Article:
In this adaptation from our book Black Modernisms in the Transatlantic World, Steven Nelson examines how American artist Simone Leigh creates settings that nurture Black women while calling out histories of their marginalization.
In April 2019 Simone Leigh installed Brick House, on the High Line, an elevated park that threads through the west side of Manhattan. Her first monumental sculpture, it is 16 feet tall.
The work fuses the body of a Black woman with a teleuk, a domed house made by the Mousgoum people of Cameroon and Chad. Its form recalls Mammy’s Cupboard, a roadside restaurant in Natchez, Mississippi, built in the shape of a giant, stereotypical Aunt Jemima figure holding a tray.
Towering over 10th Avenue, Brick House presented an extraordinary example of Leigh’s centering of Black women in a world where they have too often been treated as maids, mammies , or muses. Leigh’s work combines a reverence for Black women with a deep engagement with Black feminism; African, African American, and diasporic (related to peoples displaced from their homelands) histories; art history; anthropology; architectural history; and European colonialism.
In Brick House and her other works, Leigh creates Black women’s bodies for Black women. They reclaim and hold space, while deconstructing histories of imperialism and modernism, the Western art movement concerned with portraying experiences of modern society.
Leigh often transforms houses, jugs, pots, spoons, and more into the bodies of Black women. She arrived at this practice largely through her research on African art and architecture.
During her time as a student at Earlham College, the artist happened on a book called Nigerian Pottery. Compiled by British anthropologist Sylvia Leith-Ross, the volume is a detailed catalog, including essays that provide cultural context, overviews of pottery techniques, and more than 500 illustrations. Leigh was particularly struck by the water pots.
“Many of them,” she has said, “are perfect formally.” Wanting to learn how to make similar pots, Leigh secured an internship at the National Museum of African Art (NMAfA) and “[xeroxed] everything I could find on making an African pot.” She noted that many of the pots she studied had rounded bottoms and could balance on uneven surfaces.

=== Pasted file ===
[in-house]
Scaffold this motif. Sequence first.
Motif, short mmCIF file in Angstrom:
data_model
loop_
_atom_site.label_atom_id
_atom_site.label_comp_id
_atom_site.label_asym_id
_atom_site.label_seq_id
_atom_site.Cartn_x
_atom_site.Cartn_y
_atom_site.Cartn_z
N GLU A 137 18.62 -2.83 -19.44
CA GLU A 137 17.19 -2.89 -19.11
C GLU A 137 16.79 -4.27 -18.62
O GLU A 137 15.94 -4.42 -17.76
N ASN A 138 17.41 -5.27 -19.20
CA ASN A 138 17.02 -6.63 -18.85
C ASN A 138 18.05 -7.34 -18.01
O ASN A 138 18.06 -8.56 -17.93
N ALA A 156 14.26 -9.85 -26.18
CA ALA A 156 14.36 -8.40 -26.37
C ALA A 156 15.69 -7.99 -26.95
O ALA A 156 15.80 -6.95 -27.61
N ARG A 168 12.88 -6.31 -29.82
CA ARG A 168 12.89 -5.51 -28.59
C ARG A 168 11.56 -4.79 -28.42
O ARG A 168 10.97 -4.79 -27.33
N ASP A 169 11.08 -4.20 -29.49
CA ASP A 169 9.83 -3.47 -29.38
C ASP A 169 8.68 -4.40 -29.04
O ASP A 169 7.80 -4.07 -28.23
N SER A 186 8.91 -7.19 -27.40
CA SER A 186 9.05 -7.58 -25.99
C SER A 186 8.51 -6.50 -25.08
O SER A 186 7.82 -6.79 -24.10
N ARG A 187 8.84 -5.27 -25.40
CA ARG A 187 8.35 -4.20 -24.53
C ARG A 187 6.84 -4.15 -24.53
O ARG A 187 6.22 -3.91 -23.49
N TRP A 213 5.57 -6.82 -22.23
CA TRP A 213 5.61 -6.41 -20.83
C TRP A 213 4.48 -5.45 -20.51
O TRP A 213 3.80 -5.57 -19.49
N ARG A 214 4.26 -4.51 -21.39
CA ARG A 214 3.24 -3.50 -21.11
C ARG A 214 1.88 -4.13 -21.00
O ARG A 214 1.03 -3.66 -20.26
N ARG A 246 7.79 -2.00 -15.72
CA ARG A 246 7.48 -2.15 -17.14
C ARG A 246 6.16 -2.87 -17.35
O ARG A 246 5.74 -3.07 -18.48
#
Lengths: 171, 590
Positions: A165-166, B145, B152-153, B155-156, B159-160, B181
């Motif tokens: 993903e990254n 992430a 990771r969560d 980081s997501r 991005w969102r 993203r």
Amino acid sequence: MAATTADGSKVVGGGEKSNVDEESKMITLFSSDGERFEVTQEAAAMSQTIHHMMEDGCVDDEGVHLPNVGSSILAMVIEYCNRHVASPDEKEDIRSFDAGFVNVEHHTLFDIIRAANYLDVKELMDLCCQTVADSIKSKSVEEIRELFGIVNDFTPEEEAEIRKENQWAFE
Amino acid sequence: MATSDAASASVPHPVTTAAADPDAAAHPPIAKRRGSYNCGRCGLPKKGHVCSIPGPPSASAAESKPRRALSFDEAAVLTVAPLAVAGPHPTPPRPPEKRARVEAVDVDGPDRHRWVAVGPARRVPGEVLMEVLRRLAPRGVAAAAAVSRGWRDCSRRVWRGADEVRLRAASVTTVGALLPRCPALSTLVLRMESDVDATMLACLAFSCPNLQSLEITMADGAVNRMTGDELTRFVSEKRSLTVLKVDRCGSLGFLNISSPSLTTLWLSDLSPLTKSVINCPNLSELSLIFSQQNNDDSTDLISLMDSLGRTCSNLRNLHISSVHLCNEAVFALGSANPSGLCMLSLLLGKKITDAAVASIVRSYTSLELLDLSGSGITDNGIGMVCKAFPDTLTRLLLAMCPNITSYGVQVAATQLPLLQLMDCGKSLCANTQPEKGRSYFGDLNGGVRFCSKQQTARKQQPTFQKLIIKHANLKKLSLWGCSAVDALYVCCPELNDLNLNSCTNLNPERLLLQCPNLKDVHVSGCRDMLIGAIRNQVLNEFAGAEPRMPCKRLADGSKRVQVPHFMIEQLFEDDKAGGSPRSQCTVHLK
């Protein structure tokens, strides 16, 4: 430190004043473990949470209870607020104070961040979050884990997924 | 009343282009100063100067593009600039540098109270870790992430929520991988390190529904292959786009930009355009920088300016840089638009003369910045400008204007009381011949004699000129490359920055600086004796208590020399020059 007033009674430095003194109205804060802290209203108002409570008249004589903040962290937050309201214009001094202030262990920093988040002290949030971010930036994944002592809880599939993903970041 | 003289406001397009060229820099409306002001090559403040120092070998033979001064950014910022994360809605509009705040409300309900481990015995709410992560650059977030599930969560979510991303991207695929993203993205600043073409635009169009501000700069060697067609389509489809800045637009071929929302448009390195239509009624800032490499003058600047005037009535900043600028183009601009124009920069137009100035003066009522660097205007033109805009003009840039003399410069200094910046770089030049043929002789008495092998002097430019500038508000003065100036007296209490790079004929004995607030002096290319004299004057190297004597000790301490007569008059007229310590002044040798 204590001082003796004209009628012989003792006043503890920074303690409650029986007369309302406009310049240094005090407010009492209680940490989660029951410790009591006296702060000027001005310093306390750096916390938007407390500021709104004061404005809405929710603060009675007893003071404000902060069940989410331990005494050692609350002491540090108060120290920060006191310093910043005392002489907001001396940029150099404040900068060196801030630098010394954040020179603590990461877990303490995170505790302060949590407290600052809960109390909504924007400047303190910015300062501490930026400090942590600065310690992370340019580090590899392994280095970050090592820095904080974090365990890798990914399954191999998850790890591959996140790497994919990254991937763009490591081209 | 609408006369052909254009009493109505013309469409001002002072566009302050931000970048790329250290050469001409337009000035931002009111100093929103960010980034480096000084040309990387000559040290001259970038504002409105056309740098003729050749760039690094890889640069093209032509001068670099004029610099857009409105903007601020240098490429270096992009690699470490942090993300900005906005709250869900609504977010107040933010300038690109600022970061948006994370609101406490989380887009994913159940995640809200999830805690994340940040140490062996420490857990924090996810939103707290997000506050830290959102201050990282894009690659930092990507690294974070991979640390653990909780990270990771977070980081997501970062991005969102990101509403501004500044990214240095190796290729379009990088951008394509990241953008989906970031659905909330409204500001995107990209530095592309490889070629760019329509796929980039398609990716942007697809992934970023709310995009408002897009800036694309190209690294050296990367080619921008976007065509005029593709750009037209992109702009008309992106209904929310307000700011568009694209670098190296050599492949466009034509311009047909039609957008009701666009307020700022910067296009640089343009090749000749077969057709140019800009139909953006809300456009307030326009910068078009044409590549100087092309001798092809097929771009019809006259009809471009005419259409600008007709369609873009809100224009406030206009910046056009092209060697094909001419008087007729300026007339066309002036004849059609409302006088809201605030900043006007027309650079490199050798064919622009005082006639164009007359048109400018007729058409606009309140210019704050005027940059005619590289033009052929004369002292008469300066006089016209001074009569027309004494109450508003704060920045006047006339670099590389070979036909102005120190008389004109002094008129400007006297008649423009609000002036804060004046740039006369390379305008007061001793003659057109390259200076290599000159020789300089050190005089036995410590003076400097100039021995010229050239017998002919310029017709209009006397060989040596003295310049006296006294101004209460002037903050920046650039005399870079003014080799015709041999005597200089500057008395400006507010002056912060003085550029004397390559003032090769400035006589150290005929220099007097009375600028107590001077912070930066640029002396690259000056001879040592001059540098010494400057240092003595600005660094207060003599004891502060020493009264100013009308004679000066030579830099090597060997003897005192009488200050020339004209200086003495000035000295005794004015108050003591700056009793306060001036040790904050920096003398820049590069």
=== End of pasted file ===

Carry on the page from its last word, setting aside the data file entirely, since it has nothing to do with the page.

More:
Leigh was also fascinated by their capacity to transform. “Evaporation in terracotta purifies water and also cools the remaining water,” she observed. As examples of African women’s visual perception and material handling, these pots offered Leigh alternatives to traditional Western understandings of form and formalism .
She connected the materials, shapes, and possibilities of the pots she studied with ideas from Black feminists Zora Neale Hurston, Audre Lorde, Lorraine O’Grady, and others. In their writing she found calls for Black women to think critically about the problematic histories of their representation.
Following Hurston, Leigh adopted an artistic strategy of autoethnography—using personal experience to interpret culture.
She understood Lorde’s insistence that Black women create communities of nurturing that can provide redemption as well as power. Leigh’s practice is based in Lorde’s belief: “Interdependency between women is the way to a freedom that allows the I to be, not to be used, but to be creative. This is a difference between the passive be and the active being.”
Leigh listened to O’Grady’s call to give the Black female body—routinely “raped, maimed, and murdered”—a healthy present.
The records that Leigh examined at NMAfA were written by white anthropologists and Christian missionaries. She quickly understood that these documents were part of European colonial projects. Writing through racist lenses, their authors aimed to convince a white audience of the vital importance of empire and imperial dominion over others.
The diagrams and texts she perused, Leigh writes, “had nothing for me that wasn’t tainted.” These tools suppressed the histories and deeds of the colonized. Leigh filtered these ideas through her own framework, taking away their power and releasing herself from the straitjacket they created.
Leigh’s work is deeply involved in the politics of race and representation. By centering Black women, she counters the modernist artists who use Black women’s bodies to find their own voices.
Black women are widely represented in modernism in a binary O’Grady so brilliantly describes as “Jezebel and Mammy, prostitute and female eunuch, the two in one.”
In Leigh’s hands, the Black woman is no longer mammy, maid, or muse. Her subjects’ bodies, transformed and abstracted, are opaque, retaining their power. They unravel the modernism’s desire to extract knowledge and reduce Black women to types and specimens on which to project white fantasy, fear, loathing, and longing.
Leigh’s diasporic lens, her research, and her understanding of colonialist ideas dovetail beautifully with her understanding of the Black female body as a repository of complex lives and incredible power. Nowhere is this clearer than in Sovereignty, her installation for the 2022 Venice Biennale. She transformed the US Pavilion from a temple of modern American art into a space that holds and celebrates Black women’s strength, perseverance, and humanity.
Leigh’s work creates settings that nurture Black women while calling out histories of their marginalization. Highlighting Black women’s perspectives on her own terms, Leigh has created a body of formally extraordinary work by a Black woman, unabashedly and unapologetically for Black women.
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Header image caption: Simone Leigh, Brick House, 2019, bronze, temporary installation at the High Line, New York, photo by Timothy Schenck